“Youth completed an interview within 6 weeks after the disposition hearing for their first arrest, as well as follow-up interviews approximately 6, 12, 18, 24, and 30 months after their initial interview. Face-to-face interviews with the youth ranged from 2–3 hr and were documented using a secure computer-administered program. A Privacy Certificate issued by the Department of Justice protects participants’ privacy by exempting their identity and responses from subpoenas, court orders, or other types of involuntary disclosures” (p. 149). Participants also completed Tyler’s measure of justice system legitimacy and the Self-Report of Offending measure. Official arrest records for 30 months after the first arrest were also evaluated.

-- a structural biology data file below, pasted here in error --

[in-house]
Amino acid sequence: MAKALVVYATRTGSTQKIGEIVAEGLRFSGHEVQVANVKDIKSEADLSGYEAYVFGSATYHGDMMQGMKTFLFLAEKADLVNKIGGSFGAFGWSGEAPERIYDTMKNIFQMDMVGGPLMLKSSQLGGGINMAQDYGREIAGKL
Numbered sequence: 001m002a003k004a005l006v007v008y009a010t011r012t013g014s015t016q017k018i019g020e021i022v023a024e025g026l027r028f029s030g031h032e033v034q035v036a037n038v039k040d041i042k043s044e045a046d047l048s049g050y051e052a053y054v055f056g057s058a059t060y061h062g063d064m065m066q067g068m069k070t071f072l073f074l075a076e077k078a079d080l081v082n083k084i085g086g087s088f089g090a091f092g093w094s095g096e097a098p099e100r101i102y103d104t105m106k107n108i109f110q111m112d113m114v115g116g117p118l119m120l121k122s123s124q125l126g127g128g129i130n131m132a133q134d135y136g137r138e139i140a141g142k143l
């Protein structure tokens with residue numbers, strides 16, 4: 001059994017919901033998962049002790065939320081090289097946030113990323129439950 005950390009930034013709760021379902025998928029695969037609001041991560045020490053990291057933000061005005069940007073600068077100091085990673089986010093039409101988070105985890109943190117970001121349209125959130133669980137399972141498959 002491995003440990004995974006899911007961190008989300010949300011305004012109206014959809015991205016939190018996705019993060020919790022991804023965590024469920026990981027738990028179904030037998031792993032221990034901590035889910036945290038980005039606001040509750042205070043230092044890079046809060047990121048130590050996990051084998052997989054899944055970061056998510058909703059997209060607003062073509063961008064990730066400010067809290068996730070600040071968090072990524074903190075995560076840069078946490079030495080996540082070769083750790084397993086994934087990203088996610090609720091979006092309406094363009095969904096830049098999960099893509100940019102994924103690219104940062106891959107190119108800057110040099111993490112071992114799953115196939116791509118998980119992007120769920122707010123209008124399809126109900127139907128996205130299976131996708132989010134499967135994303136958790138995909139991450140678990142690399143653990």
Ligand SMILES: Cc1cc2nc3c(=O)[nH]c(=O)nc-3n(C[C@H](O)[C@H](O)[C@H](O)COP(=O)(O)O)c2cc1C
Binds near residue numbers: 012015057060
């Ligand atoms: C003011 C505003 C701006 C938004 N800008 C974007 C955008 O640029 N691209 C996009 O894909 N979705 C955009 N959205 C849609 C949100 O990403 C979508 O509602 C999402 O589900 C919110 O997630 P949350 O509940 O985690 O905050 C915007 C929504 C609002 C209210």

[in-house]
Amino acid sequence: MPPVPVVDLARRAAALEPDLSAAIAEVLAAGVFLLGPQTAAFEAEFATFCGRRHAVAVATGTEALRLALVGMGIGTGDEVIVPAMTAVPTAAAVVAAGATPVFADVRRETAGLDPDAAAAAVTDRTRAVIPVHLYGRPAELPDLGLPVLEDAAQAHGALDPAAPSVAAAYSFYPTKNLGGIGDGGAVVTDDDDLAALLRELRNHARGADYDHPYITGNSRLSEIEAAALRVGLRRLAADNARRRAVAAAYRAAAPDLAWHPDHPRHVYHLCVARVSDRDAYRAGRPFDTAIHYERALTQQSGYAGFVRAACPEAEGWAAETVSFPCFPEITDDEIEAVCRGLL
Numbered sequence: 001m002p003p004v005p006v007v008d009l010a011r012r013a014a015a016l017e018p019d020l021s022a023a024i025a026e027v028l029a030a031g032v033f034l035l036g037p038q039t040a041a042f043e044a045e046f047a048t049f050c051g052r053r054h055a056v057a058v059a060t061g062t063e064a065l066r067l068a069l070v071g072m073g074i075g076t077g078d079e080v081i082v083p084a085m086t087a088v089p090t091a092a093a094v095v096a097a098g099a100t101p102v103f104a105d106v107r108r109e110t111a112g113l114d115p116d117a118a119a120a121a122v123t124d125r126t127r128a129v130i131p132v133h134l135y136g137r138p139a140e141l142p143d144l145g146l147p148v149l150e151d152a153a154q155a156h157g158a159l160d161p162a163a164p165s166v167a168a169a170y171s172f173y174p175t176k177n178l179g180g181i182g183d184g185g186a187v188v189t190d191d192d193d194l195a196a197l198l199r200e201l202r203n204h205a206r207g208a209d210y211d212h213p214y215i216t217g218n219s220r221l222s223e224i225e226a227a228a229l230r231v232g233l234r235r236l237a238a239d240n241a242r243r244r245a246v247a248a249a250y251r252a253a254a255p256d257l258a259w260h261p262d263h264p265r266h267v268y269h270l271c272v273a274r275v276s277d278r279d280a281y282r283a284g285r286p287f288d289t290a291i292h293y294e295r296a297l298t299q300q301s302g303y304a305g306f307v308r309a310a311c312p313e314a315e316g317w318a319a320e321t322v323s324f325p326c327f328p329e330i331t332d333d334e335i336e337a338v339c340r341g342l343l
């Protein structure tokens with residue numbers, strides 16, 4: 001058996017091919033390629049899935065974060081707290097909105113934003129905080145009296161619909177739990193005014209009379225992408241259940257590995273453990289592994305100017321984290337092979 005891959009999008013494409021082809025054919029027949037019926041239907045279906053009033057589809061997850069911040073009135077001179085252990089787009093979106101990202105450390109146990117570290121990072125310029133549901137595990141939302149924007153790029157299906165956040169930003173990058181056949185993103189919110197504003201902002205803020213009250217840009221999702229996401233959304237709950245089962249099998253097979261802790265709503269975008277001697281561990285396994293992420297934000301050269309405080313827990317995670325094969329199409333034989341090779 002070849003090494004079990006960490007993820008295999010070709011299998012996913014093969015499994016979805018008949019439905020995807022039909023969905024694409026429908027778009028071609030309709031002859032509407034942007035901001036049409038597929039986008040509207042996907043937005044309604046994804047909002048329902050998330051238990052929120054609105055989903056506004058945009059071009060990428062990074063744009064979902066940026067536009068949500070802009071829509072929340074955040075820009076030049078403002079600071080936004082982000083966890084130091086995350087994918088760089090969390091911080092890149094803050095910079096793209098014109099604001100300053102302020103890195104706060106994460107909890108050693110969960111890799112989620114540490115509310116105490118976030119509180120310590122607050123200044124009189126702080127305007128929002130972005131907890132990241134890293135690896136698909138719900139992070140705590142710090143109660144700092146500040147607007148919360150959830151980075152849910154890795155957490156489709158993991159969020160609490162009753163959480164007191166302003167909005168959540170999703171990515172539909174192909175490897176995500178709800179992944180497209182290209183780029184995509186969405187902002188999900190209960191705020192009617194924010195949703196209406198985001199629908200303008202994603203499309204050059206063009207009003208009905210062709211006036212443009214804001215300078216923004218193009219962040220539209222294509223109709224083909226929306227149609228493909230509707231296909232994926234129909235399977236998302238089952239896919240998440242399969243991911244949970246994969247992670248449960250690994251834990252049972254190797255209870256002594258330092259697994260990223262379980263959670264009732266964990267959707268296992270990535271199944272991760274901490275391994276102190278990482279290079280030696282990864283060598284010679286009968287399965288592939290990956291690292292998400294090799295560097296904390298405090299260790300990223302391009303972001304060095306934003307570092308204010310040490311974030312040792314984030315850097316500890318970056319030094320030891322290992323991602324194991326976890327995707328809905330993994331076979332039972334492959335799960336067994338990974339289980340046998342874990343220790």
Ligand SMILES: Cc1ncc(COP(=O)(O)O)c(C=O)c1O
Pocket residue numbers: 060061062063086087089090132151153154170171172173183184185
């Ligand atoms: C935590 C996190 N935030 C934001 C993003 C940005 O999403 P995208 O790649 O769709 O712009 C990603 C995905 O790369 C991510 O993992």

“Results of the present study suggest that there are race/ethnicity specific effects on the development of first time offenders’ attitudes toward the system and on the bidirectional relations between youths’ attitudes and both reoffending and rearrests. Consistent with previous research on felony-level juvenile offenders, we find that even after 2.5 years after their first arrest, White youths’ attitudes toward the system remain largely stable. We also find no evidence among White youth that the development of attitudes differed between youths who reoffended and those who did not, nor did they differ between youths who were rearrested and those who were not. In contrast, Black youths’ perceptions grew more negative over time, both among those who reoffended and among those who did not. However, this trend appears to be driven by Black youth who had been rearrested. Black youth who were rearrested developed more negative attitudes regarding the system, whereas the attitudes of Black youth who were not rearrested remained relatively stable. Finally, among Latino youth, we find that attitudes toward the system remain largely stable across the 2.5 years after first arrest, except among Latino youth who reported reoffending. Latinos who self-reported engaging in offending developed more negative attitudes regarding the system compared with Latino youths who did not self-report offending behaviors. These race/ethnicity-specific findings suggest that the development of attitudes toward the justice system after youths’ first arrest may involve different processes for youth of different races/ethnicities as a function of their reoffending and/or rearrest.” (p. 154).